“Statistical methods then provide an effective way of handling the variations found during production,” he says. “It may be possible to identify trends in readings and predict when they will fall outside of specification, enabling some preventive action before this happens. The pattern of readings may be enough to identify likely causes. For example, electrical current consumption on start-up can identify wear and tear of motor bearings. There is a trade-off between extensive measurement—for best prediction and determination of problems—and the time and cost of measurements—fewer sensors and readings generally make a process step faster and lower cost. Good specifications help handle these trade-offs.”
Almost all applications need to deliver both precision and accuracy to defined requirements, says Thorne. “Precision, even without accuracy, demonstrates control of a process; it delivers consistent results,” he explains. “The hunt for and elimination of systematic errors will guide the process to deliver the required, accurate results.”
Both accuracy and precision come at a price, warns Colin Macqueen, director of technology, Trelleborg Sealing Solutions. “It’s important to understand just how accurate and how precise a system needs to be,” he explains. “Let’s say, for example, that you’re designing an hydraulic cylinder that will position a component during a manufacturing process and will need to hold that component in a specific position. You would then need to look at your system and ask how important it is that the cylinder stops at a specific location—accuracy—and how important it is that the cylinder stops in the same location every time—precision.”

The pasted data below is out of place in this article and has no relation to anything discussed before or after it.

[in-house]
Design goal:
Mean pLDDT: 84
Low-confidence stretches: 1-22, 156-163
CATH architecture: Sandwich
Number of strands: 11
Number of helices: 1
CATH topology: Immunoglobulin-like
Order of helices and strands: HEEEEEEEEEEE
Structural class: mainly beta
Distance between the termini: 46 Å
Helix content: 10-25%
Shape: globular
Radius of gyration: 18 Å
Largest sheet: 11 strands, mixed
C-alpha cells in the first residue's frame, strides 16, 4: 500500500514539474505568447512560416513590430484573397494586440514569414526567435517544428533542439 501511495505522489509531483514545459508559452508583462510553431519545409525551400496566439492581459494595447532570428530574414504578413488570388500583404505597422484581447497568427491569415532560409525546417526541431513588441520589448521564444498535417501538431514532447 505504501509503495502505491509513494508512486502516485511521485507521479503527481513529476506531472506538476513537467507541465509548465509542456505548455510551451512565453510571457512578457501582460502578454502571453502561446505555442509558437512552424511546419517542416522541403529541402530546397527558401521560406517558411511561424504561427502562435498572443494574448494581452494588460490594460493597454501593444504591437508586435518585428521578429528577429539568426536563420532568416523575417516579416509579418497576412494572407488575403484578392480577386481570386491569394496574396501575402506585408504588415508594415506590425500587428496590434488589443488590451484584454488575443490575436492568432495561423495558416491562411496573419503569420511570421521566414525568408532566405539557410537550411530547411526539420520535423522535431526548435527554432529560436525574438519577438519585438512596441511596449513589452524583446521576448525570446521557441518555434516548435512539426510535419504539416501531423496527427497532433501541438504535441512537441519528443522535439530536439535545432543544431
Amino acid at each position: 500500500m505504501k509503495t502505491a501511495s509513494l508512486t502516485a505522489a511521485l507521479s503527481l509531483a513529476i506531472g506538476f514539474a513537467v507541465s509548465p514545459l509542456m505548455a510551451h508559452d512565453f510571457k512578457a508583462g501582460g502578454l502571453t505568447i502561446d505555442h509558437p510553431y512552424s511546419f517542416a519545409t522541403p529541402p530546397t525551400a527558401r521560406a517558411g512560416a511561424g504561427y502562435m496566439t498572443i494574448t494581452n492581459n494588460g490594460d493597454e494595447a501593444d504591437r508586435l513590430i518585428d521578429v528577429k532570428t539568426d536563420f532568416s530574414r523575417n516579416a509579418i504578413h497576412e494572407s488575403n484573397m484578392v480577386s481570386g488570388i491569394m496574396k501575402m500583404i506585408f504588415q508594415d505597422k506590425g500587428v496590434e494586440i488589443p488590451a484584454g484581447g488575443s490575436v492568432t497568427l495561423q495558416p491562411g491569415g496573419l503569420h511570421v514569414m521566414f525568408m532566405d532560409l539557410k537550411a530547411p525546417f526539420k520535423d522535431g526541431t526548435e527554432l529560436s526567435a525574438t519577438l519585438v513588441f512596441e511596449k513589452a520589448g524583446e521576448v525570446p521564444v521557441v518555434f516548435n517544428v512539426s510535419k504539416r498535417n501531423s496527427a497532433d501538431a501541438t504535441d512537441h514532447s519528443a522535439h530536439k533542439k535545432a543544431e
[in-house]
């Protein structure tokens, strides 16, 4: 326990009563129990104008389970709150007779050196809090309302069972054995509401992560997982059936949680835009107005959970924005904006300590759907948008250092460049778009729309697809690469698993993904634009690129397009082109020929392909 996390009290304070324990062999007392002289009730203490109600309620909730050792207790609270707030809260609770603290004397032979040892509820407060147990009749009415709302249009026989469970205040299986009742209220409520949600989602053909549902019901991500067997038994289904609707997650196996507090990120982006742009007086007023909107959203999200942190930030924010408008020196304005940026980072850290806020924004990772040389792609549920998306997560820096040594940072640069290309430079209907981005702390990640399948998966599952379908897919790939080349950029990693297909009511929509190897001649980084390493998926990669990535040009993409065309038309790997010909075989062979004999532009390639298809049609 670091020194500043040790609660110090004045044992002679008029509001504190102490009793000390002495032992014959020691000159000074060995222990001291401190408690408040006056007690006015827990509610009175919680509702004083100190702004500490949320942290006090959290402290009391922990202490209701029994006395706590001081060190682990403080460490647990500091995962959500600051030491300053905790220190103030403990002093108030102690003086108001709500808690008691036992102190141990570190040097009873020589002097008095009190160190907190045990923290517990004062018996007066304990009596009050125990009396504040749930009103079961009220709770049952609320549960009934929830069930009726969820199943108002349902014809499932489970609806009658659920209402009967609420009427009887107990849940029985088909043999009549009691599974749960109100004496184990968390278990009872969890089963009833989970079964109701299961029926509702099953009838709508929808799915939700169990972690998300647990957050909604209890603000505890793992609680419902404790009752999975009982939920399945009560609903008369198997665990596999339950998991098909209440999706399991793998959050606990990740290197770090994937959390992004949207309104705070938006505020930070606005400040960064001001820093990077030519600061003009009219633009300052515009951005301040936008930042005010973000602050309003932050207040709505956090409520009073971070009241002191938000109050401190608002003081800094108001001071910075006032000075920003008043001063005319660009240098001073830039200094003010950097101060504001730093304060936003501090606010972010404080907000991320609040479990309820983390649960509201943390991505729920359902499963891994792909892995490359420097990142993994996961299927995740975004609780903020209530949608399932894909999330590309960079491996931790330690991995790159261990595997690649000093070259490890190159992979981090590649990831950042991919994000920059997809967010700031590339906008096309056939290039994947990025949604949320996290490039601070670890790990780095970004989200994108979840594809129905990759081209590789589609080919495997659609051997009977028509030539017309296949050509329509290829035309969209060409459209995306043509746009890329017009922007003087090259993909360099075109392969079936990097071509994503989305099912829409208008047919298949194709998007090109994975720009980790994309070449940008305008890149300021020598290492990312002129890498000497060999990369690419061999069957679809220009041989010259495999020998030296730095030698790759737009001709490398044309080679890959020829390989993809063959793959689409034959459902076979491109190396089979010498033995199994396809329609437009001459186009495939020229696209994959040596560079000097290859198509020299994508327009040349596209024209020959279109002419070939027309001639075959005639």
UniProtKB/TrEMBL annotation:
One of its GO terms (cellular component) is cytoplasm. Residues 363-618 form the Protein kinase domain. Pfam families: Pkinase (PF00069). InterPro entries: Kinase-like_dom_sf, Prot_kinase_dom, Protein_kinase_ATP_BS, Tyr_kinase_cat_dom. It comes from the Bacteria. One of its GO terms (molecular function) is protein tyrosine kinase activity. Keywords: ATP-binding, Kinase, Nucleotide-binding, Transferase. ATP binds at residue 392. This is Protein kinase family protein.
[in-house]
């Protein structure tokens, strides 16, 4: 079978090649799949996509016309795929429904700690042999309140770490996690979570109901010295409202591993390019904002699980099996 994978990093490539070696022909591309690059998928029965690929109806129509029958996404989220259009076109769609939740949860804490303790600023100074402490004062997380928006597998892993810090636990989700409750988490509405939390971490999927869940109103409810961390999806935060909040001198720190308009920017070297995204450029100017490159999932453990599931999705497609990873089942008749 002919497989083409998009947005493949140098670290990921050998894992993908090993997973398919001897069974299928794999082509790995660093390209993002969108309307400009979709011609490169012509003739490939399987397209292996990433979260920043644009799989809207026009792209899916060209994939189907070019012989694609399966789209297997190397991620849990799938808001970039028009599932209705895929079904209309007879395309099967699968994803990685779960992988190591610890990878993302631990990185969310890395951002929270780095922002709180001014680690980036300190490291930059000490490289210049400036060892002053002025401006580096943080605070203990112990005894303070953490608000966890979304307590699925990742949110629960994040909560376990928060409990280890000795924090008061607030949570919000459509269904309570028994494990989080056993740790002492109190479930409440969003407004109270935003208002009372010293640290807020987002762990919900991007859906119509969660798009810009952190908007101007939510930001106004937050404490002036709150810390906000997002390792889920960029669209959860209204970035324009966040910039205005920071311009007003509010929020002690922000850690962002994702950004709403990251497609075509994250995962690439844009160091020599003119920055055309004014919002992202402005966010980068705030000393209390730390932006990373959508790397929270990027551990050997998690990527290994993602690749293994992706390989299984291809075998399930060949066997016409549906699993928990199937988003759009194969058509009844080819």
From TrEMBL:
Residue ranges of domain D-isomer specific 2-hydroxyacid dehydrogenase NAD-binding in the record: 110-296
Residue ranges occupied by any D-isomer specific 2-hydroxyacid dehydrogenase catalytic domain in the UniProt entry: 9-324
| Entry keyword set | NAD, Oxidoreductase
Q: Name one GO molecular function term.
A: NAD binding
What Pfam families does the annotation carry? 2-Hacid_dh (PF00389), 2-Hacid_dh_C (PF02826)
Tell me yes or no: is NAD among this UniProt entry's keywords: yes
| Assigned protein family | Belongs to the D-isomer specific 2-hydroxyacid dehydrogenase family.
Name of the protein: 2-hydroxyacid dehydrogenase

A prime example of an application requiring both accuracy and precision, or repeatability, would be a custody-transfer application, where value of a commodity such as petroleum fuels is being measured, or in a safety system such as cooling water for a nuclear reactor, offers John Accardo, senior applications engineer, Siemens.
Source: Emerson Process Management
“In a flow-related scenario, this would mean that the meter to be proven accurate would need some form of proving system or traceability to a calibration laboratory that was close to the real value that it is trying to measure,” says Jason Laidlaw, oil and gas consultant, Flow Group, Emerson Process Management.
“If this was mass, then the ultimate standard is 1 kg in Paris and accuracy referenced to this is achieved by a sequence of unbroken measurements to get to the metering point, which in the United States would pass through NIST. You then need a meter that has good repeatability so you can determine how close you are to the reference, so one with precision of +/- 10 kg is not going to give very good results in determining how close you are to 1 kg. If this was time, then measuring to 1 s can be done on pretty much any watch; how accurate it was would depend on how close you could compare to an atomic reference clock. If you then wanted to measure 1 ns, a normal watch won’t do this, so you need a timer counter that gives more precision, and generally costs more than an average watch. However, the accuracy is still then related to how close this value can compare to an atomic reference clock.” Laidlaw offers two visual aids as explanation (Figure 2).
“Accuracy is of paramount importance when there is a requirement to measure something to an actual standard, for example, a cut-to-length application,” explains Henry Menke, marketing manager, position sensing, Balluff. “The measurement error will be directly reflected in cut-length errors. Another application is precision CNC movement during part manufacturing. Again, any measurement deviation will appear as additional dimensional tolerances in the final part, beyond that caused by other sources. Typically, applications demanding accuracy also demand precision, because precision is a necessary but not sufficient condition to achieving accuracy.”